I would think that — racial discrimination, was that the question?
Harassment. I would think that that would be picking out a certain race and never cutting them any slack. I don't know, verbally abusing them, maybe, I'm not sure.
Okay. Using racial slurs in a workplace, would you —
To them. If you were doing it against a Jewish person and constantly talking about — bad mouthing Jews or lesbians or homosexuals or Mexicans or blacks, if you continually beat up on a certain group, I would think that that would be some kind of harassment.
I don't know. We don't — we don't do that, I don't know.
On Plantation Style Weddings
Okay. So was Lisa ever present when you discussed with Brandon what kind of wedding you'd like to have?
I don't recall that. I recall — I do recall, once again, in my bathroom at that house, and why we would have been in the bathroom, I was probably filming and changing clothes, that's the only reason why we would have been in that bathroom, they must have run out during my lunch break or something from filming, and I remember us talking about the meal. And I remember telling them about a restaurant that my husband and I had recently visited. And I'm wanting to think it was in Tennessee or North Carolina or somewhere, and it was so impressive. The whole entire wait staff was middle-aged black men, and they had on beautiful white jackets with a black bow tie. I mean, it was really impressive. And I remember saying I would love to have servers like that, I said, but I would be afraid somebody would misinterpret.
The media might misinterpret it?
Yes, or whomever –
— is so shallow that they would read something into it.
Were they dressed in white shorts and bow ties?
No, they were dressed in white jackets.
And a bow tie?
And a bow tie and black trousers, and they were incredible.
Okay. And you said something –
These were men that had made their living off of service and people in a restaurant.
It was – I was so impressed.
Okay. And they were all black men?
Yes. Professional servers and waiters.
And when you described it to Miss Jackson, did you mention the race of – well, you had to have mentioned the race of the servers –
Of course I would –
—because that's the part that –
—because that's what we just experienced.
Right. Do you know what word you used to identify their race?
I would have used just what I just told you.
Black or African-American?
Black. I would use the word black.
I don't usually use African-Americans.
I try to go with whatever the black race is wanting to call themselves at each given time. I try to go along with that and remember that.
Okay. So is there any reason that you could not have done something just like that but with people of different races?
Well, that's what made it.
That's what made it so impressive. These were professional. I'm not talking about somebody that's been a waiter for two weeks. I'm talking about these were professional middle-aged men, that probably made a very, very good living –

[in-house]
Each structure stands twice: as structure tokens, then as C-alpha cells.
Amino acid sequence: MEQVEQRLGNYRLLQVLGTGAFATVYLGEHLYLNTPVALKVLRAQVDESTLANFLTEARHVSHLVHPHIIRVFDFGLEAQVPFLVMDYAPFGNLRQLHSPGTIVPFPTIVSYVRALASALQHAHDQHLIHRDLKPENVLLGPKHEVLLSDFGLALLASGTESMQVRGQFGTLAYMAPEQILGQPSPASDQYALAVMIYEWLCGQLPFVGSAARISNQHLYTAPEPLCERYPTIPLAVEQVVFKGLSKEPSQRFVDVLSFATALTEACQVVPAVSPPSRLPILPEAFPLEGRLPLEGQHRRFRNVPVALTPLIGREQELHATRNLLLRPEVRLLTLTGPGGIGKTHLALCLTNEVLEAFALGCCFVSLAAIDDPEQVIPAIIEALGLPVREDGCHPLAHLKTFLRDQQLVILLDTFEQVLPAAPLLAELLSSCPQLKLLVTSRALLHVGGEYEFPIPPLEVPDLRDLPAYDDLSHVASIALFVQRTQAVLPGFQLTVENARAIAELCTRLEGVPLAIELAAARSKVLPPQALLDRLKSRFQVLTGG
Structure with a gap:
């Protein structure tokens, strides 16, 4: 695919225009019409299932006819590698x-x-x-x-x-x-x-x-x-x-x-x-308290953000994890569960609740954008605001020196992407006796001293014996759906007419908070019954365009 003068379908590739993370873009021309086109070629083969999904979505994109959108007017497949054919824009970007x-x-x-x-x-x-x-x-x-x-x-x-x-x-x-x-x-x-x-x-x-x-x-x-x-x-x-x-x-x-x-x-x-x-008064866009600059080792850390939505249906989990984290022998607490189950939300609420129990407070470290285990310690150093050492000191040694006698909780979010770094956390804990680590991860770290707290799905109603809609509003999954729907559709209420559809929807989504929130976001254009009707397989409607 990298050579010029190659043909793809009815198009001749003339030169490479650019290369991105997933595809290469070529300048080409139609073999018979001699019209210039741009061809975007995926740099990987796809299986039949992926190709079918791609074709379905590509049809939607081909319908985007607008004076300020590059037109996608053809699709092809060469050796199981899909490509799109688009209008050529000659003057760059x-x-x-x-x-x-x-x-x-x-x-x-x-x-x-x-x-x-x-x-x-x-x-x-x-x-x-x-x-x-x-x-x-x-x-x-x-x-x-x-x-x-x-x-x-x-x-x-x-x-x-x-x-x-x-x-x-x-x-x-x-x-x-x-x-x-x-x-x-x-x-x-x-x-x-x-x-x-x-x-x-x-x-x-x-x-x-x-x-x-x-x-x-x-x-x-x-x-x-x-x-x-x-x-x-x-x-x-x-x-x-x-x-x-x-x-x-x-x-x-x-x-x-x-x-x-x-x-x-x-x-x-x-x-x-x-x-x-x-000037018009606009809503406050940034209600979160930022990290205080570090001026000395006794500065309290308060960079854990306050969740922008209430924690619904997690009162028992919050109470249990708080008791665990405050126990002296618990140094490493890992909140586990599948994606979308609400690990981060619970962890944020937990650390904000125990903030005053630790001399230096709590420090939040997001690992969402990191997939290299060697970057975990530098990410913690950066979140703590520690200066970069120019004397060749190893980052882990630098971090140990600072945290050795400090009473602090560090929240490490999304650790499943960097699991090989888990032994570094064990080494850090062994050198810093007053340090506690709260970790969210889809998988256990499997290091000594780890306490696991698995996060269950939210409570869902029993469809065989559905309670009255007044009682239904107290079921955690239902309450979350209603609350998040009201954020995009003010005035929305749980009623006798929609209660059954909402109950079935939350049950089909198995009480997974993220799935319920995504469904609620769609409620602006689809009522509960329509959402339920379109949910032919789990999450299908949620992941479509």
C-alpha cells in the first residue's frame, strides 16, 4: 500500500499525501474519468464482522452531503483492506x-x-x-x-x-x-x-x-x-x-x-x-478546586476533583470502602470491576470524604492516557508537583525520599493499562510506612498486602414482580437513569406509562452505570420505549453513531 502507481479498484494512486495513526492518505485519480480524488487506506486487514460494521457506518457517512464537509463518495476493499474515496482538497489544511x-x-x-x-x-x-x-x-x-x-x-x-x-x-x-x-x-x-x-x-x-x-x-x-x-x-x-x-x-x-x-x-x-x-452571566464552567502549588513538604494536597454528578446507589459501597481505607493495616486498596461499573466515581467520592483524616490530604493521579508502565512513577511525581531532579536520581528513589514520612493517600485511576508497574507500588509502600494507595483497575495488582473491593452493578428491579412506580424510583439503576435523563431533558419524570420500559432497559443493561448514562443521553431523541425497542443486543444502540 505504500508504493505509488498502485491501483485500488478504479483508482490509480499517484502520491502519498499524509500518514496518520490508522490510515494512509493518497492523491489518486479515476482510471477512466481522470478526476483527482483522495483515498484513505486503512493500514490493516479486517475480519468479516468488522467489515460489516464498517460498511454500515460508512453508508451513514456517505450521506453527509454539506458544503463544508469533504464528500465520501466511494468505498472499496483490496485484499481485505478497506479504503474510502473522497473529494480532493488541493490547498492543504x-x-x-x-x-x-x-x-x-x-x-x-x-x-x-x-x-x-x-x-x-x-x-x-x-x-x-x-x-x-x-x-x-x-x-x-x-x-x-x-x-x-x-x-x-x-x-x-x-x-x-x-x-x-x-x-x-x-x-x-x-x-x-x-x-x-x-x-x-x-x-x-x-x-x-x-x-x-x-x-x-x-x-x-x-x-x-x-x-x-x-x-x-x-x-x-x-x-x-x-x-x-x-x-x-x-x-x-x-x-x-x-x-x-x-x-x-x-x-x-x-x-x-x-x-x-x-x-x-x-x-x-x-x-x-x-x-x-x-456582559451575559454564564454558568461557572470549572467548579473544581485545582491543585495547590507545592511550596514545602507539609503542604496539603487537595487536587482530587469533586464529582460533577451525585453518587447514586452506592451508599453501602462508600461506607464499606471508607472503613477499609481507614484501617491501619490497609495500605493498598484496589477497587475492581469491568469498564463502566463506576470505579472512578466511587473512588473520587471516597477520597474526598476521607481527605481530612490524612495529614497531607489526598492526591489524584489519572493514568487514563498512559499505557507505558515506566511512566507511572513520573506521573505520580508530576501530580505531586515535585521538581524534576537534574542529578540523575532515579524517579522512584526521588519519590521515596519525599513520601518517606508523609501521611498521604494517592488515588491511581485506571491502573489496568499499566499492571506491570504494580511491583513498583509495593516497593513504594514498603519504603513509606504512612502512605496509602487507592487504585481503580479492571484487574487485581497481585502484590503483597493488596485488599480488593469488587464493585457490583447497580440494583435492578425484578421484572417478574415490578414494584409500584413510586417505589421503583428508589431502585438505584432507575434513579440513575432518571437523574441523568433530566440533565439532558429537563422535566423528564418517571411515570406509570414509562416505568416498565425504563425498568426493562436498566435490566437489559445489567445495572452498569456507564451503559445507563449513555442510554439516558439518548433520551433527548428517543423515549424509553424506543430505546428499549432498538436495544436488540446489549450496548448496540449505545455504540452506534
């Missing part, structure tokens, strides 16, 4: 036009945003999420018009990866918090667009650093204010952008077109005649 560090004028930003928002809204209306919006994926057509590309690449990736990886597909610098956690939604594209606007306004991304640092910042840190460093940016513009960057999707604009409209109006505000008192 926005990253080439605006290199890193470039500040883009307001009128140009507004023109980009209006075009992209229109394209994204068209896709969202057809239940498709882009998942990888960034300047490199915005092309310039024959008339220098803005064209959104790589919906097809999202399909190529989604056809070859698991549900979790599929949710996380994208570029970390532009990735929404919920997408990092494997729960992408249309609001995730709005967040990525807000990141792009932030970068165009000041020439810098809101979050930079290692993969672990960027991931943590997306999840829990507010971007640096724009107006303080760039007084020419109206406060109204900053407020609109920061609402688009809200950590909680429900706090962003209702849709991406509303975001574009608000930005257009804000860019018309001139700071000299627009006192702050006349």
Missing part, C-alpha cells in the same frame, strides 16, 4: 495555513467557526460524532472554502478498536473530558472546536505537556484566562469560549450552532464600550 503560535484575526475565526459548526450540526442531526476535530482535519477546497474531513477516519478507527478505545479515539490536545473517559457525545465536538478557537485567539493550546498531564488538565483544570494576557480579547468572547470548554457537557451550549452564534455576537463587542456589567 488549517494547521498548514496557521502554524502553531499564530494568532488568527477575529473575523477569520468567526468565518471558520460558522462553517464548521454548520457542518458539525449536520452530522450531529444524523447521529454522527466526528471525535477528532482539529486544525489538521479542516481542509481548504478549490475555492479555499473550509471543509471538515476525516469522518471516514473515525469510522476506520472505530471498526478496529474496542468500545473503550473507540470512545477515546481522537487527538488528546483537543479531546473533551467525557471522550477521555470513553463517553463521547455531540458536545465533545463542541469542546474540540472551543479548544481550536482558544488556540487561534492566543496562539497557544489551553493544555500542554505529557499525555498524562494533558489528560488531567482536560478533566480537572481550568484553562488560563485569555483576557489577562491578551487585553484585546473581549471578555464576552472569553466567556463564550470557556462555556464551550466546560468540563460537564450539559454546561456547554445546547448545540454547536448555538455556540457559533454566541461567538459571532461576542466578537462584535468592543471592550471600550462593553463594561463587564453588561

at this restaurant. They were trained. The – it – it was the whole picture, the setting of the restaurant, the servers, their professionalism.
Is there any reason you couldn't have found middle-aged professional servers who were of different races?
Listen, it was not important enough to me to even fight, to reproduce what that restaurant had. I was just simply expressing an experience that my husband and I had, and I was so impressed.
Did you describe it as a – that that would be a true southern wedding,words to that effect?
I don't know.
Do you recall using the words "really southern plantation wedding"?
Yes, I did say I would love for Bubba to experience a very southern stylewedding, and we did that. We did that.
Okay. You would love for him to experience a southern style plantation wedding?
That's what you said?
Well, something like that, yes. And –
Okay. And is that when you went on to describe the experience you had at the restaurant in question?
Well, I don't know. We were probably talking about the food or – we would have been talking about something to do with service at the wedding, and –
Is there any possibility, in your mind, that you slipped and used the word "n----r"?
No, because that's not what these men were. They were professional black men doing a fabulous job.
Why did that make it a – if you would have had servers like that, why would that have made it a really southern plantation wedding?
Well, it – to me, of course I'm old but I ain't that old, I didn't live back in those days but I've seen the pictures, and the pictures that I've seen, that restaurant represented a certain era in America.
And I was in the south when I went to this restaurant. It was located in the south. Okay. What era in America are you referring to?
Well, I don't know. After the Civil War, during the Civil War, before the Civil War.
Right. Back in an era where there were middle-aged black men waitingon white people.
Well, it was not only black men, it was black women.
Sure. And before the Civil War – before the Civil War, those black men and women who were waiting on white people were slaves, right?
Yes, I would say that they were slaves.
But I did not mean anything derogatory by saying that I loved their look and their professionalism.
The Full Transcript
· Paula Deen On Her Dream 'Southern Plantation Wedding' [Talking Points Memo]
· Deen Allegedly Admits Disturbing Racism in Deposition [-E-]
· All Paula Deen Coverage on Eater [-E-]